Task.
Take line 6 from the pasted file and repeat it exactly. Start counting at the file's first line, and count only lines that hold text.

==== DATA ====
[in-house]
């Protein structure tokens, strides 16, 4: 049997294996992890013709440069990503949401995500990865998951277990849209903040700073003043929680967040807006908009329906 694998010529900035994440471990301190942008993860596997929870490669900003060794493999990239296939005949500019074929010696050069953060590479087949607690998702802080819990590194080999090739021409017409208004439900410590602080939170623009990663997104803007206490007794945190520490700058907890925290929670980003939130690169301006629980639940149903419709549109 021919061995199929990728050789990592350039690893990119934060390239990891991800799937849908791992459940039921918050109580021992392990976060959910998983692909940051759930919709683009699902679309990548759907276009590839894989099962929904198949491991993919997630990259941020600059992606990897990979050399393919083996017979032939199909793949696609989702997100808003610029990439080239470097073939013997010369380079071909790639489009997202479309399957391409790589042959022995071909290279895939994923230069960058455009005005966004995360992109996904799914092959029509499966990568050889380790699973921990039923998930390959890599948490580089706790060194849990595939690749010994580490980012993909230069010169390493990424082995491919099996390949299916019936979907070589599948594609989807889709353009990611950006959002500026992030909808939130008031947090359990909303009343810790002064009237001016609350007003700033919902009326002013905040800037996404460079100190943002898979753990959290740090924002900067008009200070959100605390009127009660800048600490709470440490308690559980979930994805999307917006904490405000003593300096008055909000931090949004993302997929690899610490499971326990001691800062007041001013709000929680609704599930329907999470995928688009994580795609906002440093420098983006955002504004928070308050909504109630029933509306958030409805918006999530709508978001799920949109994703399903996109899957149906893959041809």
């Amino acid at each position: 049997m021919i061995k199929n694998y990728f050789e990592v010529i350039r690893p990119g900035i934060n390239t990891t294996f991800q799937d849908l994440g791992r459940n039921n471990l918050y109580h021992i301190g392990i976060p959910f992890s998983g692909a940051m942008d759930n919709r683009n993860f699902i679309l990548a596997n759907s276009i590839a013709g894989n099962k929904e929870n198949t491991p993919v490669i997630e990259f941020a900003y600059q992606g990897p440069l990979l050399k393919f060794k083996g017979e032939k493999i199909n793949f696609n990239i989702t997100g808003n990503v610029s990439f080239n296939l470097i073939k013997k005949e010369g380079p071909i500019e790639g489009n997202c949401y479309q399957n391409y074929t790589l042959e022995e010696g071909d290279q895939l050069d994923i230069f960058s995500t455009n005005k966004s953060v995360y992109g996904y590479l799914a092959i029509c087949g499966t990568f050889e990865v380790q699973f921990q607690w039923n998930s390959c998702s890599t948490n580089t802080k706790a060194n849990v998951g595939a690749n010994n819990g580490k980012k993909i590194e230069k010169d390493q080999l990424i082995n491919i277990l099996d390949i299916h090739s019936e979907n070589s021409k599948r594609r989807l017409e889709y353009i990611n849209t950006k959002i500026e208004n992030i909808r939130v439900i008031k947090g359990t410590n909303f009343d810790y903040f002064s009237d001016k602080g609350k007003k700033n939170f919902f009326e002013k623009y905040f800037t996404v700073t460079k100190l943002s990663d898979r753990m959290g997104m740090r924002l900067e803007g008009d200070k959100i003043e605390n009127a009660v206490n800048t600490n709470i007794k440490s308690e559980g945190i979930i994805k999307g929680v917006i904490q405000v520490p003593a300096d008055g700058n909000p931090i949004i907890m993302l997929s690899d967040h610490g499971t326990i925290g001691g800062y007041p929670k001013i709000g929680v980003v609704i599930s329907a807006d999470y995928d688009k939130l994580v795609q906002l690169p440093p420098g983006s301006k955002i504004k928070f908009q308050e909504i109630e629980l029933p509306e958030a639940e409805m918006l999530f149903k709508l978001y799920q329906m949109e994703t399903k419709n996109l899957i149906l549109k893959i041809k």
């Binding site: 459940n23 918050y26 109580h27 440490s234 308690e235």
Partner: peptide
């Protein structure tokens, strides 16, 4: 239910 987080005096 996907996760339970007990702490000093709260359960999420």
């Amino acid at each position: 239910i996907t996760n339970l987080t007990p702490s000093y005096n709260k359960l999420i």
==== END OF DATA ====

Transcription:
């Protein structure tokens, strides 16, 4: 239910 987080005096 996907996760339970007990702490000093709260359960999420």